NY lawmakers may fear voter wrath over bail reform — yet refuse to fix it properly


Good news: State lawmakers may be starting to worry that voters are linking their 2019 no-bail-required law to the spike in violent crime. Bad news: They’re making meaningless gestures that let them pretend they’re fixing the law without offending the pro-criminal left.

Case in point: Assemblywoman Sandy Galef (D-Westchester) and state Sen. Elijah Reichlin-Melnick (D-Rockland/Westchester) are pushing legislation to give judges discretion to set bail in certain gun cases.

Great. But it won’t make much difference because judges already have discretion in many such cases. Meanwhile, their hands are tied in cases involving numerous other violations.

Nor can judges consider whether the defendant is a danger to the community. The current statute also forces them to impose the “least restrictive means” to ensure an accused person returns to court. And it contains discovery rules that enable defendants to get key info about witnesses, prompting many to clam up and destroy prosecutors’ cases.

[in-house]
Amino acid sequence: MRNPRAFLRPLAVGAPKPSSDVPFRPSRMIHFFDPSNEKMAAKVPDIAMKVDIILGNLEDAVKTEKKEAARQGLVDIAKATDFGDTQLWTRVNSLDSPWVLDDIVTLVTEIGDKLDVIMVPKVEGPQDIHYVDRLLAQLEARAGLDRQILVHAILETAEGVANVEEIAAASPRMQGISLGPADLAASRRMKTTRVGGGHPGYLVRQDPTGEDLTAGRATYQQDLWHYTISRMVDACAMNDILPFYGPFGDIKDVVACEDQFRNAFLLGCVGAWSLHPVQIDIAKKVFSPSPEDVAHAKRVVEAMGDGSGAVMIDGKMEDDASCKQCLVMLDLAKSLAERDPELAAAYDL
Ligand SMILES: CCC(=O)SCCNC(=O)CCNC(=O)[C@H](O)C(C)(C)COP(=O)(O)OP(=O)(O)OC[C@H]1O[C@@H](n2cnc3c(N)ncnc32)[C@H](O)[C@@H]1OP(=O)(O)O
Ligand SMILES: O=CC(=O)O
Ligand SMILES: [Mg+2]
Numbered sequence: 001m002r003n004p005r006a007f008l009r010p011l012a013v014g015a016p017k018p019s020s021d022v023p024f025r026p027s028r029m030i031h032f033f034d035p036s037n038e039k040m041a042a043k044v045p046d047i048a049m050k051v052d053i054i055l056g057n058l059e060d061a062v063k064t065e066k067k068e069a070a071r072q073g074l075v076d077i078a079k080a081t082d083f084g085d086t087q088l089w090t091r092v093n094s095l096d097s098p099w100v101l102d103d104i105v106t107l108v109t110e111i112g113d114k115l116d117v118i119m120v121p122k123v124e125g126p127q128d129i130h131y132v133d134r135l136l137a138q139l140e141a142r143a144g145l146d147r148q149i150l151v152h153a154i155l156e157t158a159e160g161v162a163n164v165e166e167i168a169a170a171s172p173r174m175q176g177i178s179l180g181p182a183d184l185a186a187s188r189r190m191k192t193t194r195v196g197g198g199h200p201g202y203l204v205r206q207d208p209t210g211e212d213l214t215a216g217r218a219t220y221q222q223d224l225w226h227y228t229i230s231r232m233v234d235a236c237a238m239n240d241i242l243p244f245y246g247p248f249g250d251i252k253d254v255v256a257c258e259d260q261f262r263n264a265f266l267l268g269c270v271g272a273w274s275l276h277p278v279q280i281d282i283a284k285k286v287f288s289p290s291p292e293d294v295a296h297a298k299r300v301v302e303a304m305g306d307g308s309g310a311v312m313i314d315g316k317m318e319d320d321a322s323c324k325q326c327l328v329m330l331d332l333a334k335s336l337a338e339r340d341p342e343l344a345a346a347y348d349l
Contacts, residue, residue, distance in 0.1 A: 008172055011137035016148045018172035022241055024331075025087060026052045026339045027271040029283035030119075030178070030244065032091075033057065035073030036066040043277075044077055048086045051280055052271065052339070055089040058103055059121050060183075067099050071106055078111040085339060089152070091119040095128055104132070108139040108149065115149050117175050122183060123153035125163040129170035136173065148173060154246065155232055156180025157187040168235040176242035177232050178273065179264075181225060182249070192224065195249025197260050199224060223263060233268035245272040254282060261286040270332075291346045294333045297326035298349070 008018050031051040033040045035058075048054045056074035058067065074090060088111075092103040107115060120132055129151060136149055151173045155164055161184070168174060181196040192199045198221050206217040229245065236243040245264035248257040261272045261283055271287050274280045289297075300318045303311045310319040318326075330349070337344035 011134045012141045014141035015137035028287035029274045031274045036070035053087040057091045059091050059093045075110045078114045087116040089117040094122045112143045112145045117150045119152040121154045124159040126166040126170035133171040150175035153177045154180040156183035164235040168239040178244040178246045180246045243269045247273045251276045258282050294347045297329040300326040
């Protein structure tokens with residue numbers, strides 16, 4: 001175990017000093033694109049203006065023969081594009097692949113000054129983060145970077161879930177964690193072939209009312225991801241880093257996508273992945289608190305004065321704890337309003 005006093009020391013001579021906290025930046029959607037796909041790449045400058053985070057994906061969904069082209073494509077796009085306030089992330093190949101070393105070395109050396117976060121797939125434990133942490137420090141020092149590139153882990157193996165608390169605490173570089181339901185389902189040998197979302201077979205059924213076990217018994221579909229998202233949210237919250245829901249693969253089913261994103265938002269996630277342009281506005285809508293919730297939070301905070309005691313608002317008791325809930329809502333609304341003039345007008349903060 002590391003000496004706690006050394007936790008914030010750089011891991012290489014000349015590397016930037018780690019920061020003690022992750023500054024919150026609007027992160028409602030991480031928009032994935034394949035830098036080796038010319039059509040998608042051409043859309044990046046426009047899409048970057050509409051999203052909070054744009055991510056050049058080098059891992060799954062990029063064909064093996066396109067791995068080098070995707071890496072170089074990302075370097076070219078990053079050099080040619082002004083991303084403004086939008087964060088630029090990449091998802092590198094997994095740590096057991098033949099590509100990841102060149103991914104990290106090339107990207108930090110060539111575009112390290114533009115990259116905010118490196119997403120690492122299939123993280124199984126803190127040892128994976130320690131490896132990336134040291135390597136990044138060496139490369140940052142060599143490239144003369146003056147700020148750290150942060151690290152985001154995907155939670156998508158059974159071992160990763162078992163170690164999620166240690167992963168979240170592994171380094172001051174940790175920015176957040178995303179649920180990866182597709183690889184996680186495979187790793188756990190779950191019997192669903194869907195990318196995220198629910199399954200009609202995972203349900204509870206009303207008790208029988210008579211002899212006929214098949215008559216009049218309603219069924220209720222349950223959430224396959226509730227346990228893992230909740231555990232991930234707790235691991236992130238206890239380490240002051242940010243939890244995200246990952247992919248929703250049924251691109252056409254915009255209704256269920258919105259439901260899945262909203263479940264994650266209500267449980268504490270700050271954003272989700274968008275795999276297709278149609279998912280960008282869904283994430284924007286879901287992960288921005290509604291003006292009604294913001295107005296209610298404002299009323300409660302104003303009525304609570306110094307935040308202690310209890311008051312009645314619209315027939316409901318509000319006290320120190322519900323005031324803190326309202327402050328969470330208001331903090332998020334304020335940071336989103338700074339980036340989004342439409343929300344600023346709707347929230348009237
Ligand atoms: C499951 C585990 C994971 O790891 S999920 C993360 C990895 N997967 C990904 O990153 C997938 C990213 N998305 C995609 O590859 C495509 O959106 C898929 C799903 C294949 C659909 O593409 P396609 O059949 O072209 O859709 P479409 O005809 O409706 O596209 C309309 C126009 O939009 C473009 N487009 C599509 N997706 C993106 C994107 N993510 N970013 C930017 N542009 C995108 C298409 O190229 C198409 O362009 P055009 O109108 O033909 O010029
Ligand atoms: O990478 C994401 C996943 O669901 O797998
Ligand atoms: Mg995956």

All of which has led to numerous perps with long rap sheets being released with no bail soon after arrest — only to commit new crimes soon after. Yet none of that is on tap to be fixed.

NY lawmakers aren’t doing enough to stop crime, writes The Post’s editorial board.
ullstein bild via Getty Images

Even reforming bail reform (and properly this time; public outcry forced some changes last year but far from enough) may not suffice to curb the crime spike. That’s partly because many offenses, especially gun crimes, involve teens under 18, who — thanks to the Raise the Age law — can’t be prosecuted as adults and locked up as easily.

Fact is, New York’s pro-criminal laws offer a target-rich environment for any lawmaker who truly wants to rein in crime. Too bad so many of them are more interested in pretending.

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